“I had a radio hit in America. So I just came over. I just followed the demand rather than trying to go places and create one. That’s why it took me so long to get back to England. I like to go places I’m asked, instead of inviting people to come and see if they like it: ‘Did I pass the audition?’ I’d had enough of that in the groups I was in in England” (NME, 1980)

“I pursue music like I relate to a woman. I feel the rhythm first, then the melody, and finally the lyric. I want to turn into a dolphin next time around. They are the hippest creatures on earth. They appear to have more intelligence than humans, more sensory potential, yet they spend their time in play” (Playgirl, 1977)

“Personally, I’ve always thought that making hit records was a useless pursuit in itself. I’d rather build an audience gradually and create a demand myself rather than use the music industry machinery to create that demand” (Circus, 1978)

“James Jamerson, what a fabulous fellow. Five foot three, never changed his strings. And when he would find a line — because his lines were like songs themselves — he’d stop the take. He’d get so high on himself, he’d go ‘Listen, listen! I’ve found it!'” (Mojo, 1994)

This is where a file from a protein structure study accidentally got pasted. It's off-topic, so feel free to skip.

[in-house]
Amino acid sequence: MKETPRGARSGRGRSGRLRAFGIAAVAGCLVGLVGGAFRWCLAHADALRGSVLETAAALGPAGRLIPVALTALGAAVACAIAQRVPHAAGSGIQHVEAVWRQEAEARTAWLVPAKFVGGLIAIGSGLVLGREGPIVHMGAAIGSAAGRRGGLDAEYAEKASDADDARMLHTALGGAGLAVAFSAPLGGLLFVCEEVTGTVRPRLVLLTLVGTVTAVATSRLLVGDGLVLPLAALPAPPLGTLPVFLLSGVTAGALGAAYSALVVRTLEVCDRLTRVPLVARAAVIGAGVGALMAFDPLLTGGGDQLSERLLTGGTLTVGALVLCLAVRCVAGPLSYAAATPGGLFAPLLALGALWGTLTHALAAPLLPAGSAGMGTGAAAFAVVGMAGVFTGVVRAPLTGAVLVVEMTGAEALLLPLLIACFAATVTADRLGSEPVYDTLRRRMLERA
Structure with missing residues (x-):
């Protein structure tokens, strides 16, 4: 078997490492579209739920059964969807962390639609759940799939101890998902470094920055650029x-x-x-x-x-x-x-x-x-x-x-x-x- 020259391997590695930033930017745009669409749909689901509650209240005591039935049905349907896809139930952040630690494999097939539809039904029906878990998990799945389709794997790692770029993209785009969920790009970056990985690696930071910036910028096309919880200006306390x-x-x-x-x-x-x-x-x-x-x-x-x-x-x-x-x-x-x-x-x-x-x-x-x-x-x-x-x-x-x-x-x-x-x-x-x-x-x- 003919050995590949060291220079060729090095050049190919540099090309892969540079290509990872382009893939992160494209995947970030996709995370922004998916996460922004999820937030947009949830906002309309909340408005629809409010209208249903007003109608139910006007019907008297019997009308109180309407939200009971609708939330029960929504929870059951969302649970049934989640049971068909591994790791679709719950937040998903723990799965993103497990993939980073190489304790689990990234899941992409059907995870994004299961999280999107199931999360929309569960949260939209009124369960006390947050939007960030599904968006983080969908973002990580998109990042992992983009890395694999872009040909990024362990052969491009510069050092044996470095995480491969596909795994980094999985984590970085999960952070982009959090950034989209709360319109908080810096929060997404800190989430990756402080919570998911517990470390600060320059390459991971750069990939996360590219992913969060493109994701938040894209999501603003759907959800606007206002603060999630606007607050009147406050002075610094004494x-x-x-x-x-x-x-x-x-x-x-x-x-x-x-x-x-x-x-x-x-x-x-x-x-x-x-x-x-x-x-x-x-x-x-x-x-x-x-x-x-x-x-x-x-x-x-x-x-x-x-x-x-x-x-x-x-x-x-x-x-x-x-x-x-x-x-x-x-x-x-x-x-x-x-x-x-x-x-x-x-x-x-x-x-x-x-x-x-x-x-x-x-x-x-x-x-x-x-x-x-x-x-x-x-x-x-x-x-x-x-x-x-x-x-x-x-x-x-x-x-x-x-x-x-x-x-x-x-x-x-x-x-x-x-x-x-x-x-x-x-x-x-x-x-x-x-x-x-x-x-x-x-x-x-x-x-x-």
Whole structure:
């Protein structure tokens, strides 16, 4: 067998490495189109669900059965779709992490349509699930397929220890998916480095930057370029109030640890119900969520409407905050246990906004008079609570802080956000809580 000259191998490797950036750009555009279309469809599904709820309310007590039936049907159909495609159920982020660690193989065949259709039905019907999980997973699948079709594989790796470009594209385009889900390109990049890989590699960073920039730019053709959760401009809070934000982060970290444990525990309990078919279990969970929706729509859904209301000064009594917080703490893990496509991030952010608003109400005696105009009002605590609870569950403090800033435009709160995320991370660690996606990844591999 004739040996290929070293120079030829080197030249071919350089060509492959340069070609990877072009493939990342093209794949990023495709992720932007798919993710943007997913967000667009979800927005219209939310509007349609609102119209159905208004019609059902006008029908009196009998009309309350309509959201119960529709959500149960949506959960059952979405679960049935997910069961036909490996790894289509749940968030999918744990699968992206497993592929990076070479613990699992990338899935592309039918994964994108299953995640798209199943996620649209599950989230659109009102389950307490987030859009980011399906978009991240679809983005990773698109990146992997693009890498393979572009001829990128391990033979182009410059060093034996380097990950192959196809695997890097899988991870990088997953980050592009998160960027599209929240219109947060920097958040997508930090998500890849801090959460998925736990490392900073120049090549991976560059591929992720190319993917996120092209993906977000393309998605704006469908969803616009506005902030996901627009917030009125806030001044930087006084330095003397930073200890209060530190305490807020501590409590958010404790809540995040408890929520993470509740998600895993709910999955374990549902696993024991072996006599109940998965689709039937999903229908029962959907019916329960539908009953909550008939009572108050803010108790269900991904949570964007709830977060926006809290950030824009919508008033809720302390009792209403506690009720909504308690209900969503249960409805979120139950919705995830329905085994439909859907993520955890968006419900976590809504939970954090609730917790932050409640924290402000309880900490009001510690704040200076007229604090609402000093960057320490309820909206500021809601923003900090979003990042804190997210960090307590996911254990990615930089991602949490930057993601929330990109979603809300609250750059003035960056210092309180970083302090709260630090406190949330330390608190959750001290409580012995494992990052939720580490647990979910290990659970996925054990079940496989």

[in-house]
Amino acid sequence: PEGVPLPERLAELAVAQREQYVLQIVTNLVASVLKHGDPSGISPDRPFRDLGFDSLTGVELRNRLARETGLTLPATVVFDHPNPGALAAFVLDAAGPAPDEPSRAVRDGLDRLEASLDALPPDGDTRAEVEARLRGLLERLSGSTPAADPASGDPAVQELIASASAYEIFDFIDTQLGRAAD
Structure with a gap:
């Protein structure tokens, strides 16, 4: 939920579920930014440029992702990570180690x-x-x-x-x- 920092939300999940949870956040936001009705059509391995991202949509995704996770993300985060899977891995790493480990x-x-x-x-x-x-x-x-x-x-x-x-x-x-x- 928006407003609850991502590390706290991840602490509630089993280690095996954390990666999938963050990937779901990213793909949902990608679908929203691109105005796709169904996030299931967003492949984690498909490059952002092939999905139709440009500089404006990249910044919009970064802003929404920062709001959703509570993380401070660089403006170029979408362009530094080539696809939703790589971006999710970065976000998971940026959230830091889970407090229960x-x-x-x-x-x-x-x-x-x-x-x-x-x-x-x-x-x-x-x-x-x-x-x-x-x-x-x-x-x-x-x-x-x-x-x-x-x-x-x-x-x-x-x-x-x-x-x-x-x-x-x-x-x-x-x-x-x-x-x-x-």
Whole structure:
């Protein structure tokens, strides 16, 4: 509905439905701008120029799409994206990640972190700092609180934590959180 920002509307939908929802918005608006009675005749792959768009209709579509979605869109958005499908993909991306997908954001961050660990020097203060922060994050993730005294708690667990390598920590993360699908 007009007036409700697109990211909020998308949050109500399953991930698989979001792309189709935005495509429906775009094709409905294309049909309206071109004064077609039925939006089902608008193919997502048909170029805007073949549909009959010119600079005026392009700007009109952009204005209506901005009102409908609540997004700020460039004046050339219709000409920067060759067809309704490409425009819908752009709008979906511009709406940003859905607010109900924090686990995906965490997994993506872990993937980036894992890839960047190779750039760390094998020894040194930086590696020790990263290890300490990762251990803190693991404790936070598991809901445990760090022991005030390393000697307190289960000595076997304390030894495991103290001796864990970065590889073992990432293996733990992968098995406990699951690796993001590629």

“I’d rather visit a place and play to the demand I’ve already created, so that it’s realistic and I understand the audience reaction. They’re not just clapping because everybody else is. So in some places we play 200-seat clubs for three nights, two shows a night. Other places we go in and do one show to 3,000 people and go out of the place. It just depends what’s happening in each place” (NME, 1976)

Robert Palmer Clues“I was doing three of [Gary Numan’s] tunes in my live show about 18 months ago and he came and saw the show with his dad. We got on really well so I suggested that…well, actually he suggested that we work together, so we did.” (NME, 1980)